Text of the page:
The term “Lindy Hop” describes a style of dance but has been adopted as an umbrella term for an entire family of styles. Lindy Hoppers typically learn how to dance many of these styles, which are most appropriate for certain styles of music, and even how to intermix them during a single song! This page offers an introduction to some of the most common styles of dance in the Lindy Hop family!
While the exact origins of the Charleston dance are not entirely known, historians agree that it is African American in origin and was danced in the Southern United States as early as 1903. It entered the American mainstream when it featured in the 1923 show “Running Wild”, performed to a song by the same name by James P. Johnson. The dance quickly became a staple of vaudeville shows and was incorporated into the culture of the Harlem Renaissance. The dance proved foundational and its influence is evident in later dance styles including the Break Away and Lindy Hop.
Charleston is defined by a simple, 2-count step (typically arranged in 8-count patterns) and is a highly versatile dance style. It can be danced upright, down low, solo, partnered, high or low energy, and comfortably at fast tempos (200-350 beats per minute). It can also be seamlessly mixed with other vintage dance steps and traditional jazz repertoire, as often seen in solo competitions. It is most often recognized by the dancers’ high-energy kicks and swinging arms.
Lindy Hop, East Coast Swing, and Jitterbug
With the jazz scene burgeoning in the 1920s, a fusion of several types of jazz dance gave rise to the lindy hop. European influences of partnered dancing, with Charleston-like movements lead to a dance that involves closed and open position. This “break-away” section became popularized during competitive dancing to allow partners to show off their own stylizations, and is one of the major characteristics of the dance. Lindy is an 8-count dance that can be danced in a wide-range of styles (see competition video below), and at many tempos.
The name lindy hop was given to this dance around 1927, by Shorty George shortly after Charles Lindbergh flew across the Atlantic. At the time, dancing was considered “hopping”, and after Lindbergh’s achievement, Shorty George said “The Lindy Hop, we’re flying just like Lindy did!” While Shorty George was one of the first Lindy Hoppers, probably the most famous is Frankie Manning who took Lindy Hop to the next level at the Savoy Ballroom. He was the first to create aerial moves with his partner Frida Washington. The first introduction into pop culture was with Frankie Manning (choreographer) and Whitey’s Lindy hoppers in the 1941 movie Hellzapoppin.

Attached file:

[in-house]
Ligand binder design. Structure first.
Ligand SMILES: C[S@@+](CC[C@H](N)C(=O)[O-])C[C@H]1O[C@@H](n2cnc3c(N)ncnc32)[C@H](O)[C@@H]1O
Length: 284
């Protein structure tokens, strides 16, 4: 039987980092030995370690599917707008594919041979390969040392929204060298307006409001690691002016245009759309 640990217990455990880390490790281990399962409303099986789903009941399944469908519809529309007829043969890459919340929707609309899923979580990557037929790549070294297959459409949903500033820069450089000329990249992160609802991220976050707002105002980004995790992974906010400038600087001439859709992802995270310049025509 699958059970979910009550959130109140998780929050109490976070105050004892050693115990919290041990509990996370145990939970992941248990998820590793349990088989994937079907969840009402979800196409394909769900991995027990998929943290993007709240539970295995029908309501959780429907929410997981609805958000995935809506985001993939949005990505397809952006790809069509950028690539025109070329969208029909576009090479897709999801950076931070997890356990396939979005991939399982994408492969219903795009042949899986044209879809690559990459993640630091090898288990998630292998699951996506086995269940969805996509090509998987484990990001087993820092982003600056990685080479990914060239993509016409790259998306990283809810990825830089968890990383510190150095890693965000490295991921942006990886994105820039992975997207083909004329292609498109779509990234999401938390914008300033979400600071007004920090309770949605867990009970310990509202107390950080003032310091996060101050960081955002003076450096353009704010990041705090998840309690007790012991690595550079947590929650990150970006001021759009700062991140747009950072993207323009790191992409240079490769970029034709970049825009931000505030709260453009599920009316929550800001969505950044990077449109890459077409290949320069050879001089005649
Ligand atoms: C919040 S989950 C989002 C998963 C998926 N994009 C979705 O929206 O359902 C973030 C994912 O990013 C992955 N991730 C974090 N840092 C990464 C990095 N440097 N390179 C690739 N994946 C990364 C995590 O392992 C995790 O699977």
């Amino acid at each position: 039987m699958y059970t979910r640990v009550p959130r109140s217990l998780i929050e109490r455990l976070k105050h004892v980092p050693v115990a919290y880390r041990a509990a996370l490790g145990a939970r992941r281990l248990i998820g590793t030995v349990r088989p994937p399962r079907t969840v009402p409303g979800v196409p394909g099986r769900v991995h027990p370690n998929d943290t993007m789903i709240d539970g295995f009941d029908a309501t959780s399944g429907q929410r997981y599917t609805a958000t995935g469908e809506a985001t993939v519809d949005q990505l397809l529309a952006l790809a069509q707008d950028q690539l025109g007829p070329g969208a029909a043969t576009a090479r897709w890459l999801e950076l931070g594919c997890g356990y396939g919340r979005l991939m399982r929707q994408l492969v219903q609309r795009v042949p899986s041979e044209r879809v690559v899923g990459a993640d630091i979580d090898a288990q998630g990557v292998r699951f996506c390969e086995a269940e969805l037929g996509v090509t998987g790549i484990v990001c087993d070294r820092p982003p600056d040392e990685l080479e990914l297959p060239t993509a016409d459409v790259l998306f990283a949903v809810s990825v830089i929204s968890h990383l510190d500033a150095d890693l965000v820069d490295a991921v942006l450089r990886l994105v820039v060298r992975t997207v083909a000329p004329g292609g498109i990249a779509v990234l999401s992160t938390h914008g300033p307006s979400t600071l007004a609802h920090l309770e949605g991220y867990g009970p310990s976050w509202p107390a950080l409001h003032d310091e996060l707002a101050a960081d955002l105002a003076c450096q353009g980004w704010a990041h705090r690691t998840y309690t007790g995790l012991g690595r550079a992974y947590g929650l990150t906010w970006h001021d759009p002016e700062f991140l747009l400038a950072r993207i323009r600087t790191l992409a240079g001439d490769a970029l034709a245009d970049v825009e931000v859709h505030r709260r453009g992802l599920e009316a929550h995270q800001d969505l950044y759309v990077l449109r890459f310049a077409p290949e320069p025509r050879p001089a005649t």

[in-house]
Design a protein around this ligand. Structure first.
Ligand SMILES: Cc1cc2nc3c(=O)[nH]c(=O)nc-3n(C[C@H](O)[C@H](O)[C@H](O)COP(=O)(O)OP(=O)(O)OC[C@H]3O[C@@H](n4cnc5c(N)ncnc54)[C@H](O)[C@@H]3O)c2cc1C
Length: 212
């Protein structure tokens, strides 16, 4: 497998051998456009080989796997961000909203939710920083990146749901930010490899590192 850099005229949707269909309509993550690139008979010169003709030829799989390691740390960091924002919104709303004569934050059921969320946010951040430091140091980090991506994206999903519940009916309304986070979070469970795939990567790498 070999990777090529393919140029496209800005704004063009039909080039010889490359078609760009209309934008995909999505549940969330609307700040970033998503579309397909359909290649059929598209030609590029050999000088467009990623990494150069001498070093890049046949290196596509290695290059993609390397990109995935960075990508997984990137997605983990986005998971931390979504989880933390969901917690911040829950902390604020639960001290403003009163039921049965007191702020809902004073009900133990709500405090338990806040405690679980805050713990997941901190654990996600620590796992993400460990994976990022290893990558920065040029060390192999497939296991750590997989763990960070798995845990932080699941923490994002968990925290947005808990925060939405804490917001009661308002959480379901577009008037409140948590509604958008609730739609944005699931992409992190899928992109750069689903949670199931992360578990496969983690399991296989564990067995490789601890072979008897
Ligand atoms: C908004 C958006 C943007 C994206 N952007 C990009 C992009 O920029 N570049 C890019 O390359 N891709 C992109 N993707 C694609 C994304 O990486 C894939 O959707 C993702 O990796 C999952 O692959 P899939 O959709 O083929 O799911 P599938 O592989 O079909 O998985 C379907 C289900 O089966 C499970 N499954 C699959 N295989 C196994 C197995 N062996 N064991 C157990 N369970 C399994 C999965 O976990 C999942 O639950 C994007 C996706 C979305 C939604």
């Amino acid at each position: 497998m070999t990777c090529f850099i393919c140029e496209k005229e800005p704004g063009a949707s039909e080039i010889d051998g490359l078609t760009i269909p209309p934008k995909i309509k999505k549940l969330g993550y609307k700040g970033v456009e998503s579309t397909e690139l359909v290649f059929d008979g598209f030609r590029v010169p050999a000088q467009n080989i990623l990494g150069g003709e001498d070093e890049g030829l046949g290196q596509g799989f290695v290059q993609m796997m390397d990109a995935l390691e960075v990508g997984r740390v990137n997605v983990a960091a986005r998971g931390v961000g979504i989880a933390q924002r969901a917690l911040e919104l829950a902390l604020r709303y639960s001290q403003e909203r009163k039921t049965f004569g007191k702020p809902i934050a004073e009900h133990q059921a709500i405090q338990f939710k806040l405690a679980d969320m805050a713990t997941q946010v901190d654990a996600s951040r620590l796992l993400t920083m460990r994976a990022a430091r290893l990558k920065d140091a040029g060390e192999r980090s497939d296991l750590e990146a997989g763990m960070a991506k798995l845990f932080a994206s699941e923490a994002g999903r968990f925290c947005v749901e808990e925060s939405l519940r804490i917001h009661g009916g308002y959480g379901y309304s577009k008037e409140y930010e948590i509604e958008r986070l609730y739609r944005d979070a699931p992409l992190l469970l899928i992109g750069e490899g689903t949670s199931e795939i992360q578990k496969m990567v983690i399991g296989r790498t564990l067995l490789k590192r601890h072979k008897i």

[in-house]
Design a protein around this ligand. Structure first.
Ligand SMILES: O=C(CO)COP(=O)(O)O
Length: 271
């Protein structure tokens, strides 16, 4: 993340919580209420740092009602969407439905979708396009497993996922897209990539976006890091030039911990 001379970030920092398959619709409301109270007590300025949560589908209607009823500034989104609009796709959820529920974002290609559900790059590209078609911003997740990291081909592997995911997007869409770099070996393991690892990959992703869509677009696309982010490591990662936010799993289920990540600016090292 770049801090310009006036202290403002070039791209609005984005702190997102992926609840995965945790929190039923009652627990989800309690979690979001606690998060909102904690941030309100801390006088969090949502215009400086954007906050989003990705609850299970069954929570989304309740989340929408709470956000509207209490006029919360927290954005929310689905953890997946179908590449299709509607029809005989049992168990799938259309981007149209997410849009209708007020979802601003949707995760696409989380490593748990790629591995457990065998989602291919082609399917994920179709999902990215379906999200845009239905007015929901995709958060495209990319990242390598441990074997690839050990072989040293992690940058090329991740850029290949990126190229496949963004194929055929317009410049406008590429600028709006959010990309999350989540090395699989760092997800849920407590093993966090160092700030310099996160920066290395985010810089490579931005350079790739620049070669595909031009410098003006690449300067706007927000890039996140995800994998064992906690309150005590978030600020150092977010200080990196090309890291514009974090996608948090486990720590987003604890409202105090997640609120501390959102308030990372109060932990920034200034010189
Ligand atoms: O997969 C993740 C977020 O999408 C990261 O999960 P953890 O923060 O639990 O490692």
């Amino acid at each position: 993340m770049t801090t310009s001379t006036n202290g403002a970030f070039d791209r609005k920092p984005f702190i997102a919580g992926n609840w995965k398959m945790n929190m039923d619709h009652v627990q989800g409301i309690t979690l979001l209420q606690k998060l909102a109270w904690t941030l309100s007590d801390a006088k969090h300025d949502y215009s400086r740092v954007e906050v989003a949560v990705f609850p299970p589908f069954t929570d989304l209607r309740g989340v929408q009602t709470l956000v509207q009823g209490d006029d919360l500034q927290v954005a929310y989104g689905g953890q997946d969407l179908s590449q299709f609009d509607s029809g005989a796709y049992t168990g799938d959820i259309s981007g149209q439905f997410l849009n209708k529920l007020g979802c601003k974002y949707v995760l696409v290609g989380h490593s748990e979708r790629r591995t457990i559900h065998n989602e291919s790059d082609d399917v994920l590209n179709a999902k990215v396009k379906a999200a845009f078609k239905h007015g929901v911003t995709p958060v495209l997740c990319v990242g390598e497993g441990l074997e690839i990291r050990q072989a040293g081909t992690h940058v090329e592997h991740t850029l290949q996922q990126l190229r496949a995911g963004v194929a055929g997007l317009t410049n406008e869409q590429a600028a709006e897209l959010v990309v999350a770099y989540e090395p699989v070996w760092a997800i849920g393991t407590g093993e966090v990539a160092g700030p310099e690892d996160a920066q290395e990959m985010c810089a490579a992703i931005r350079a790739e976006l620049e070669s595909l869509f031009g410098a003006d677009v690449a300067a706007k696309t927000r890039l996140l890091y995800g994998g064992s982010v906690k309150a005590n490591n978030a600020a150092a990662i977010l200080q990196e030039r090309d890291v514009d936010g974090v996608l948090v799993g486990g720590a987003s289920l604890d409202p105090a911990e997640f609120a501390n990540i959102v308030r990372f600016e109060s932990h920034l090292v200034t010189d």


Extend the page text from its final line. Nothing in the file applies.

You may have heard the term “East Coast Swing” before. Some dancers may argue the linguistics of it, but basically East Coast Swing is like Lindy Hop without any 8-count patterns, only six-count patterns, whereas Lindy Hop is a combination of both. East Coast Swing is also more associated with the 1940’s and 50’s, jump blues, early rock-and-roll, sock hops and poodle skirts!
You may have also heard the term “Jitterbug”. This is an older term that isn’t used much anymore, but it basically means the same thing as “East Coast Swing” or “Lindy Hop”, though the meaning has morphed over the years and is hard to nail down.
Balboa (or “Bal” for short) is a variety of swing dance that was first developed in Southern California around 1920. Taking its name from the nearby Balboa Peninsula, this 8-count dance is thought to have originated from Charleston. Balboa was danced continuously in the Los Angeles area until it became nationally popular during the swing revivals of the late 20th century.
The original version of Balboa is danced primarily in close embrace position, with the partners standing upright and pressing their upper bodies together. This style of Balboa is often called Pure-Bal. The dance uses subtle weight changes and small, intricate footwork, which originally allowed couples to squeeze together on overcrowded dance floors. Bal-Swing is a secondary style that grew out of the original Balboa in the 1930s; this version can be much flashier, as it incorporates open positions and spins that are reminiscent of other swing dances like the Lindy Hop. Today both forms of Balboa are often done together.
Balboa today is often learned by advanced dancers who already are familiar with other swing dances, and its many devotees appreciate it for its subtlety and uniqueness. Its small footwork also makes it a particular favorite for fast tempos.
Blues dancing consists of a family of dances, both historical and modern, that are typically danced to blues music. Blues music can encompass many different styles including slow jazz, delta blues, Chicago blues, and many others. While being a dance that was contemporary with Charleston and the Lindy Hop, blues dancing never reached the same mainstream acceptance. Included under the heading of blues dancing are dances like slow drag, fishtail, struttin’, mooch, and grind that can be danced individually or combined in the course of one song.
West Coast Swing
We do not usually do West Coast Swing here at SwingCville. That is a later dance that developed from Lindy Hop and East Coast Swing, and is primarily danced to more modern music. If that’s what you are interested in, you might be looking for our friends at the similarly named Charlottesville Swing Dance Society.